Diann Roffe began skiing at age three, and continued her love of the sport to win two Olympic gold medals and a World Championship.
The world is full of parents like that of the Williams sisters', Tiger Woods', and fighting hockey parents. We always seem to read about the pushy parents of athletic superstars. If my parents walked in the room at a function I was at, they would not be known, unless they were introduced to the crowd. The quiet support I received from them was a foundation for other life skills! How many parents would load their children up before dawn to drive 6 hours to a ski race' Once they got us there, my brother and I were left to our own preparations as Mom and Dad became race volunteers for the day. I often didnt see them until awards at the end of the day. They were always there though. I recall the day I decided that I would throw a fit and have a little temper tantrum at the finish. I had seen my older brother do it, and it seemed like the accepted thing to do. I just wanted to let everyone else know that I was upset by my mistakes on course. Dad saw it all'. Very quietly after awards, (I had still won the race), we piled in the car for the drive home. Dad said I should get a lot of homework done in the next week, as I certainly wasnt going to be skiing. This time, I would sit out a week, next time, I would sit out a month' It was all very simple' I was responsible for my actions. Lesson number one in the book of sportsmanship!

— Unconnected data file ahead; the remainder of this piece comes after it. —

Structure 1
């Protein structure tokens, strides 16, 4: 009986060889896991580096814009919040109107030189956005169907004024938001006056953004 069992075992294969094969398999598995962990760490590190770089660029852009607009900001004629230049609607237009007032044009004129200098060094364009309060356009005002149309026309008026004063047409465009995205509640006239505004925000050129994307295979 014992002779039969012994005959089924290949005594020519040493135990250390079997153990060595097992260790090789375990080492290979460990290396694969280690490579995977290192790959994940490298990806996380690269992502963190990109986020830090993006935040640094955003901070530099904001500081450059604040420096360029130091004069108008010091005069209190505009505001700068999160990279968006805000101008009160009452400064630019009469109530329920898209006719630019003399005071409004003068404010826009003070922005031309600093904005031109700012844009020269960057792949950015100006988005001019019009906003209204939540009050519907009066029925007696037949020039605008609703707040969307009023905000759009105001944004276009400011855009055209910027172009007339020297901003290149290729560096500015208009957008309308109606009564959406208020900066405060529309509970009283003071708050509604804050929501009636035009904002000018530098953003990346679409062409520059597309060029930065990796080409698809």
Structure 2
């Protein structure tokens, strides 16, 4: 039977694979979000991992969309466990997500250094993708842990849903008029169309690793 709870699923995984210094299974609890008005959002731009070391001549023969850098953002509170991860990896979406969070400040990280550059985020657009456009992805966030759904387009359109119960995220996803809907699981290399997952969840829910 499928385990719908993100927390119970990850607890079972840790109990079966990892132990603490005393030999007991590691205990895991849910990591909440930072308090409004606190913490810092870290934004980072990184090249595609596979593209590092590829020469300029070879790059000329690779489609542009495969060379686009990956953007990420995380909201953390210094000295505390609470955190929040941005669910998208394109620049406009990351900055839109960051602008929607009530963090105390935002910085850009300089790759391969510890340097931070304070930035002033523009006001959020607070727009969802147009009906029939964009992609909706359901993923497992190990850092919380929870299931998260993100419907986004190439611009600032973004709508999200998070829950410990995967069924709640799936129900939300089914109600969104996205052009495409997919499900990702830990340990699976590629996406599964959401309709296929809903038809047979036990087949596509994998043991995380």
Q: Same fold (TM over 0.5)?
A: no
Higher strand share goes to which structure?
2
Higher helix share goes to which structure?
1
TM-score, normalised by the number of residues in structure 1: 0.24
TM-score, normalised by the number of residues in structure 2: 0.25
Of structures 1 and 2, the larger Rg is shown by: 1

Apparently there are state laws as to how many days of school you can miss. I was missing many days in becoming the number one ranked 16 year old in the country for skiing. To make a long story short, it took me five years and two summer sessions to graduate from high school. I was spending all winter in Europe at the old age of 16. That year, I was able to compete in the Junior World Championships and win the first ever medal for the U.S. The following year, I was the youngest and last member, named to the team for the World Championships in Italy. It turned out to be a good gamble for the coaching staff, as I then became the youngest ever Skiing World Champion in history. That kick started a long and rocky, but extremely successful career, that capped out with two Olympic medals. I was always a pressure performer. This mystified the coaches and the press alike. This became my namesake. Just when it seemed that all interested parties wanted to write me off, I would pull a huge worldwide result out of my pocket. This seemed to happen most often at the Olympics and World Championhips. Not a bad habit to fall into, and one that marked my career! These days are filled with the pursuit of another Olympic career. One of the oldest sports in the history of the Olympics, Three Day Eventing, is now on the top of my list. It seems, I have a drive for breaking many molds! Sharing parallels between sports and business boils down to sharpening your life skills to focus on successful habits. Good habits are created the same way bad ones are. Having the discipline to learn the difference between the two, and act positively, .every day, is a learned skill. People are not born with focus and motivation. They have to LEARN the process and then CHOOSE to see it through. Using adversity to fuel the fire within, is an art. Risk makes ordinary acts become exceptional. The understanding that we go around only once is this lifetime, and wanting to make it satisfying, takes the could have, would have, and should have, out of the picture. Inspiring people to recognize and act on their values, to better their everyday life, is something worth sharing. What good are Olympic medals if you cant share them I believe that success in life is a commitment that spans every minute of our waking hours. Success is a life skill, not just a specific focus. Everyday, all my decisions are made by my own choice. Everything happens to me for a reason. We make our own luck, better yet we position ourselves to be lucky. Life is not fair, it is what I make of it.